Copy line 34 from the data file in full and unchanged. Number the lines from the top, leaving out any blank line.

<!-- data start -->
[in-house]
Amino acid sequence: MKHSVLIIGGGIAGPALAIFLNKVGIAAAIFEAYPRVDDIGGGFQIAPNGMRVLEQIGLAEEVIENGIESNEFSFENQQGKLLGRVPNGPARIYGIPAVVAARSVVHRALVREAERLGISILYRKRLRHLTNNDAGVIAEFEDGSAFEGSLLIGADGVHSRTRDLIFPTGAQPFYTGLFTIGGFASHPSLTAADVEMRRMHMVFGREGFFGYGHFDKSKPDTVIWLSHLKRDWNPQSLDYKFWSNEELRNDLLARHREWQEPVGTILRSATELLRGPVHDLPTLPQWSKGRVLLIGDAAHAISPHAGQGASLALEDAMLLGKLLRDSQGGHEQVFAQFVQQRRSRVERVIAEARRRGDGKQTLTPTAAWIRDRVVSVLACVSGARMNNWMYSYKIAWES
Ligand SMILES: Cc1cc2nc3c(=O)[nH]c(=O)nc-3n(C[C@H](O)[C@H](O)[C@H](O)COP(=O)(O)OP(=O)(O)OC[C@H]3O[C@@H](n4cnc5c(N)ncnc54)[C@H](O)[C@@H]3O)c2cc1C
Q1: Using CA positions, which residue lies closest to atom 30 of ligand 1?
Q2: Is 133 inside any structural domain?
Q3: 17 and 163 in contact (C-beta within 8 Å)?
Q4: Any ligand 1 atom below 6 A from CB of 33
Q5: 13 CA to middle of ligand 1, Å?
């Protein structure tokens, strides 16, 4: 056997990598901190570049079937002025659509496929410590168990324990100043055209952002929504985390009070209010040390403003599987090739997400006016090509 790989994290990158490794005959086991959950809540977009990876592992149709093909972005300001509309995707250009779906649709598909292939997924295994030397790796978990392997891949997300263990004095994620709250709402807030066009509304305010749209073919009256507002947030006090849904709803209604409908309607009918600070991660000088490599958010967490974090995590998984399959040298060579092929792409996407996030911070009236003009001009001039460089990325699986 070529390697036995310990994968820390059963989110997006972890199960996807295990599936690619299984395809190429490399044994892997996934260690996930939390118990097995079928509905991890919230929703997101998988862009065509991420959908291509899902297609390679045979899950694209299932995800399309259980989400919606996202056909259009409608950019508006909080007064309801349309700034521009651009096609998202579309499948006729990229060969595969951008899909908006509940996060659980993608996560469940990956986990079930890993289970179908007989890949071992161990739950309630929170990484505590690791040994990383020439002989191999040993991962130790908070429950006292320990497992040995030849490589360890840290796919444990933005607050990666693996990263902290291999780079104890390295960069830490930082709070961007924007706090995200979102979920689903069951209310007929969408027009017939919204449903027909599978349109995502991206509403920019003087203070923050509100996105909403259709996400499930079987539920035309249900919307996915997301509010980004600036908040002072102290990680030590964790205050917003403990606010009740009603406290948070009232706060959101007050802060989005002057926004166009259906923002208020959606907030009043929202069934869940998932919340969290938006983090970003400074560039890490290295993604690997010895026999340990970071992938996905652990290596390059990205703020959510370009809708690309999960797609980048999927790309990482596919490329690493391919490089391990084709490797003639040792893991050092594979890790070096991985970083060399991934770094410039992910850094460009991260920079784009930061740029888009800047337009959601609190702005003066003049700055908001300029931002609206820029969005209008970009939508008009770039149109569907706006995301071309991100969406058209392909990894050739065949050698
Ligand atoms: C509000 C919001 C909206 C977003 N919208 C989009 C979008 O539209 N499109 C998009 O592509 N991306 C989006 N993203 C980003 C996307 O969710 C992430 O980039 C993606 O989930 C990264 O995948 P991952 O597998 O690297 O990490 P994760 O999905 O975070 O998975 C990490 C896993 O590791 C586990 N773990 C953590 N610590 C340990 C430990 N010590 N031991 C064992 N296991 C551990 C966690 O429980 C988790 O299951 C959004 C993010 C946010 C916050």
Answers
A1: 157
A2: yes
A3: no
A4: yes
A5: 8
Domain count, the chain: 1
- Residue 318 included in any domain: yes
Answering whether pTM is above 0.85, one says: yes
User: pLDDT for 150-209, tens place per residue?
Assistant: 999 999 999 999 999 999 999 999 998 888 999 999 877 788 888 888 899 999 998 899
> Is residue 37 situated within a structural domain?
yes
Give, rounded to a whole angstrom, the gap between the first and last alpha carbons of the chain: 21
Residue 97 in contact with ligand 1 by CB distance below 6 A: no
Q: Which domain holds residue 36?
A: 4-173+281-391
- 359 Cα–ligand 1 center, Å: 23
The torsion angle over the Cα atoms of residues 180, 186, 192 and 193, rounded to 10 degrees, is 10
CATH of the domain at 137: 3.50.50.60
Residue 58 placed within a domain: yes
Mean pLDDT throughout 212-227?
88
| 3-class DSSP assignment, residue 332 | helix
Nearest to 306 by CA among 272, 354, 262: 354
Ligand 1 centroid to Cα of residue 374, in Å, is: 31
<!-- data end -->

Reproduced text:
| 3-class DSSP assignment, residue 332 | helix